Summary: Ken Liu, a Chinese translator reveals the rich contemporary science-fiction scene in China while avoiding the ire of Chinese censors.
Chinese Translations Under Censorship
Literary works have always been subject to scrutiny by the ruling authorities. And those works that receive the most attention - almost always unwanted - are those that deal with societal or governmental issues. As a result, writers find ingenious, nuanced ways of treating subjects that could get them banned, imprisoned or worse. How do Chinese translators stay true to the intentions of the original while not creating political problems for the author and inviting censorship? The answer is, very carefully.
Ken Liu, is making a name for himself as an astute translator and curator of Chinese science fiction. Seven years ago, in 2012, he was contacted by a Chinese company with an offer to do an English language translation of a science-fiction novel titled, The Three-Body Problem. This was the first time he had been confronted with the task of translating a complex novel from Chinese into English. Immersing himself in the work, he came to the opinion that the novel would be better with major structural changes that would more clearly tell the story. Those changes to the novel meant highlighting the Cultural Revolution’s violence and oppression which ultimately leads to an interstellar clash. When Ken Liu proposed these changes, Cixin Liu, the author, immediately agreed, saying this was his original intention.
This is a perfect example of a paradoxical quote by author Jorge Luis Borges:
“The original is unfaithful to the translation.”
Removing a narrative from the present and placing it in a different time and place has always been a device used by authors to protect themselves from censorship. Shakespeare was working in Elizabethan England where, in 1559, the law of the land said that no play could be staged that touched on, “... either matter of religion or of the governance of the estate of the commonweal." And in 1606 a law was passed that mandated a fine of 10 pounds for performances that made fun of or spoke profanely of God, Jesus Christ, the Holy Ghost or the Trinity. Learn more here Shakespeare and Censorship
Likewise, Verdi’s opera Un Ballo in Maschera, went through multiple revisions to satisfy the dictates of censors to not offend royalty.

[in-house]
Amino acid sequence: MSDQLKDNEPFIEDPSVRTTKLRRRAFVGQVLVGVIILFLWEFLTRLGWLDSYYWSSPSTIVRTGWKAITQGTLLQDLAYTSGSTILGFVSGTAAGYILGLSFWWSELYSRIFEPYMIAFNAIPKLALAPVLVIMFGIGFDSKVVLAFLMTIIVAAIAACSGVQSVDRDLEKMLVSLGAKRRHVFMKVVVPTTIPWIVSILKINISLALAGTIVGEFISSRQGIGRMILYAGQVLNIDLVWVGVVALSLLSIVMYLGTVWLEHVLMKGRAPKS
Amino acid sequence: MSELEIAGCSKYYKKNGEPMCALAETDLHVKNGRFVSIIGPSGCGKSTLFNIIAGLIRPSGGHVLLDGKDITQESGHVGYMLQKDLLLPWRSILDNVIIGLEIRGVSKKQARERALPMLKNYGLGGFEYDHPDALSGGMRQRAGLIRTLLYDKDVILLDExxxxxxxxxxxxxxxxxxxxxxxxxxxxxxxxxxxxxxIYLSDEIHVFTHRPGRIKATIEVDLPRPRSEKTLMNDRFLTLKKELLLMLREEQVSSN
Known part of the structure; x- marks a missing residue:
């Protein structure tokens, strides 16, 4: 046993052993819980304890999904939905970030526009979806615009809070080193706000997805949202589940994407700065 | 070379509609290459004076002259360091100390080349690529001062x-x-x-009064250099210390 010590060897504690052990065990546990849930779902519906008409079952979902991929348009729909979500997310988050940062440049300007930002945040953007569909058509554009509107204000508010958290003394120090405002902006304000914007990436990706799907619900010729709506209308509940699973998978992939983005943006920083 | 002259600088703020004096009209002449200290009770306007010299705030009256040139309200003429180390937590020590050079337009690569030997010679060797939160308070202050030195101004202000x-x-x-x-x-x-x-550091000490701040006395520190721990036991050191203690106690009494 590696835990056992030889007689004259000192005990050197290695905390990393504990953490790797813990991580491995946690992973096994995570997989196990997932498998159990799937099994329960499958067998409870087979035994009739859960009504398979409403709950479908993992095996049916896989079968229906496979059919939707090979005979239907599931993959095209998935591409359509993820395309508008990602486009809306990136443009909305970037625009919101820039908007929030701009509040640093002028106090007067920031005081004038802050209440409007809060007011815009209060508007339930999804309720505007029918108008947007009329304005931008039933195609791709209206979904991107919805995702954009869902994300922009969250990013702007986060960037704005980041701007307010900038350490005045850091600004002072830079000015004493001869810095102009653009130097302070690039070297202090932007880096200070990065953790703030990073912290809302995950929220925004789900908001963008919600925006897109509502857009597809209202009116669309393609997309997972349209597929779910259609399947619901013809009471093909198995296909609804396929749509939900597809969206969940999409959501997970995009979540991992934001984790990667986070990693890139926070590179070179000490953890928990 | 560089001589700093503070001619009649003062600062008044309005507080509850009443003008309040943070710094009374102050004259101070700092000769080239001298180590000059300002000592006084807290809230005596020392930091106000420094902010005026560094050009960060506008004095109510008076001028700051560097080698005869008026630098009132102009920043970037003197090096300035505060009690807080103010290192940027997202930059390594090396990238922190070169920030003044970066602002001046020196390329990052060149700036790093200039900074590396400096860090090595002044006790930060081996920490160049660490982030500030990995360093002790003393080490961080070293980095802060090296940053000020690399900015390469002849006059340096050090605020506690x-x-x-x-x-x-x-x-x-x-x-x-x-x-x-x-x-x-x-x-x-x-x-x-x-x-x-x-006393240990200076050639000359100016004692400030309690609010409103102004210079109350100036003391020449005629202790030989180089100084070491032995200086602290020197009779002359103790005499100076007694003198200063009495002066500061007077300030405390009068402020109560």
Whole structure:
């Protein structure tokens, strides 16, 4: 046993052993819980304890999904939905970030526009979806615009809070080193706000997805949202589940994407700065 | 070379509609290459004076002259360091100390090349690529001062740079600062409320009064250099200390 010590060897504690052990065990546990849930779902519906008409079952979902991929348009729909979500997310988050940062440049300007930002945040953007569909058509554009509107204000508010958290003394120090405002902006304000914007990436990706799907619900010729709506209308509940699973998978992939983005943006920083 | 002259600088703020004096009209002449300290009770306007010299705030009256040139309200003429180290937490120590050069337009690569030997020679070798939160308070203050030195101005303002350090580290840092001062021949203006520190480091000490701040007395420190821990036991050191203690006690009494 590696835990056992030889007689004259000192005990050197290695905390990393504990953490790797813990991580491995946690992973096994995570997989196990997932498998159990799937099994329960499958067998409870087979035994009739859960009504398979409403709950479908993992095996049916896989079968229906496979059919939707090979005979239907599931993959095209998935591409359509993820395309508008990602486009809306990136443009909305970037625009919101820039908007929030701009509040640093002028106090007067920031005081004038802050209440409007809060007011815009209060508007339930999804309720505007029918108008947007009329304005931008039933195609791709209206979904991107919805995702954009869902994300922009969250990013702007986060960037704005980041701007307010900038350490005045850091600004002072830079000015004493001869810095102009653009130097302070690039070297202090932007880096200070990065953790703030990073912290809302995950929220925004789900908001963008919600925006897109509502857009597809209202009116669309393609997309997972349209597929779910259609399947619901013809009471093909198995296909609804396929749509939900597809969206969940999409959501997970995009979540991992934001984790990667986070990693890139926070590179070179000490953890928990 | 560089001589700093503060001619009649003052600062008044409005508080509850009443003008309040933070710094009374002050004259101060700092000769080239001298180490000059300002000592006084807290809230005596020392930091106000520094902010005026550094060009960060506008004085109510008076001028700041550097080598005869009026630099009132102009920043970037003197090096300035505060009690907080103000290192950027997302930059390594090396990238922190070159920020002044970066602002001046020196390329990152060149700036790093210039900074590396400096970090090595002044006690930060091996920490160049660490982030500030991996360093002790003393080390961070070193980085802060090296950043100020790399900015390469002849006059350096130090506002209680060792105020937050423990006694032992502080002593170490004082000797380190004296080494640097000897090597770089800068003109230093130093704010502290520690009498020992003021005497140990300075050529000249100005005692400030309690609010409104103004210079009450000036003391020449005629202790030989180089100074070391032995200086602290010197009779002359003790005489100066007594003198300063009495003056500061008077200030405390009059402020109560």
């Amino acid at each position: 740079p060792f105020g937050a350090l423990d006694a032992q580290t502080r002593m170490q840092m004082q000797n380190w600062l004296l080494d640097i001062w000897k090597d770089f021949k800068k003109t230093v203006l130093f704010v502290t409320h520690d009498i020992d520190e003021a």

Ken Liu is more than a Chinese translator. He is a novelist and short-story writer who actively seeks out thought-provoking Chinese writers who merit a wider readership. This curatorial act requires searching internet forums, social media sites, and the self-publishing platform Daoban. His friends in China send him science-fiction works that can only be found on apps inside China. And part of his job is to remain cognizant of the fact that some literary works can be politically sensitive. He views it as part of his job to navigate the perilous straits of topics that could threaten the social order.
Two years after first seeing The Three-Body Problem the book was published and has been widely acclaimed, the winner of the 2015 Hugo Award (in the science-fiction field) and, with the next two books of the trilogy, has gone on to sell nearly nine million copies.
In a recent feature in the New York Times Magazine, Ken Liu talks about the precarious task of translating politically sensitive works: “It’s a very tricky dance of trying to get the message that they’re trying to convey out, without painting the writers as dissidents,” He asks the authors how explicit he should be in his translation where the original may have had multiple possible meanings and ambiguity. His goal is not a sentence-by-sentence translation but one where he recreates the essential effect of the original while retaining the author’s voice.
Learn more about Ken Liu in this delightful interview where translation, writing, technology, blockchain, spending time with your children are all fair game to examine.
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